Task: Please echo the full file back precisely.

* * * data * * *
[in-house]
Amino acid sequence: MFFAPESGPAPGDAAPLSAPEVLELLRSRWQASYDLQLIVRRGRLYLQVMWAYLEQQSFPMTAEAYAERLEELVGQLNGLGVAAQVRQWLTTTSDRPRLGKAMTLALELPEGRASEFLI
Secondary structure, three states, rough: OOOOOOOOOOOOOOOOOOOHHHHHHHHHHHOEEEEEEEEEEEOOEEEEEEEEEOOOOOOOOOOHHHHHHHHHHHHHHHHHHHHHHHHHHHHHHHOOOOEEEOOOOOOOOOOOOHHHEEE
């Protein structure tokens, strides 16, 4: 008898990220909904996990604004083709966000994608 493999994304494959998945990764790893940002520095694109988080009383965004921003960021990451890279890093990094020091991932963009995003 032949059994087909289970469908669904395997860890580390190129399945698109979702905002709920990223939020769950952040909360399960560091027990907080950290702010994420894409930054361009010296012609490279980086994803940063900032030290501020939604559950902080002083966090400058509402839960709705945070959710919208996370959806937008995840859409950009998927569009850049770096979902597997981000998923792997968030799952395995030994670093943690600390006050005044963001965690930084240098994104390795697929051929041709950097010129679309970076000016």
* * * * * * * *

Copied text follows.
[in-house]
Amino acid sequence: MFFAPESGPAPGDAAPLSAPEVLELLRSRWQASYDLQLIVRRGRLYLQVMWAYLEQQSFPMTAEAYAERLEELVGQLNGLGVAAQVRQWLTTTSDRPRLGKAMTLALELPEGRASEFLI
Secondary structure, three states, rough: OOOOOOOOOOOOOOOOOOOHHHHHHHHHHHOEEEEEEEEEEEOOEEEEEEEEEOOOOOOOOOOHHHHHHHHHHHHHHHHHHHHHHHHHHHHHHHOOOOEEEOOOOOOOOOOOOHHHEEE
């Protein structure tokens, strides 16, 4: 008898990220909904996990604004083709966000994608 493999994304494959998945990764790893940002520095694109988080009383965004921003960021990451890279890093990094020091991932963009995003 032949059994087909289970469908669904395997860890580390190129399945698109979702905002709920990223939020769950952040909360399960560091027990907080950290702010994420894409930054361009010296012609490279980086994803940063900032030290501020939604559950902080002083966090400058509402839960709705945070959710919208996370959806937008995840859409950009998927569009850049770096979902597997981000998923792997968030799952395995030994670093943690600390006050005044963001965690930084240098994104390795697929051929041709950097010129679309970076000016």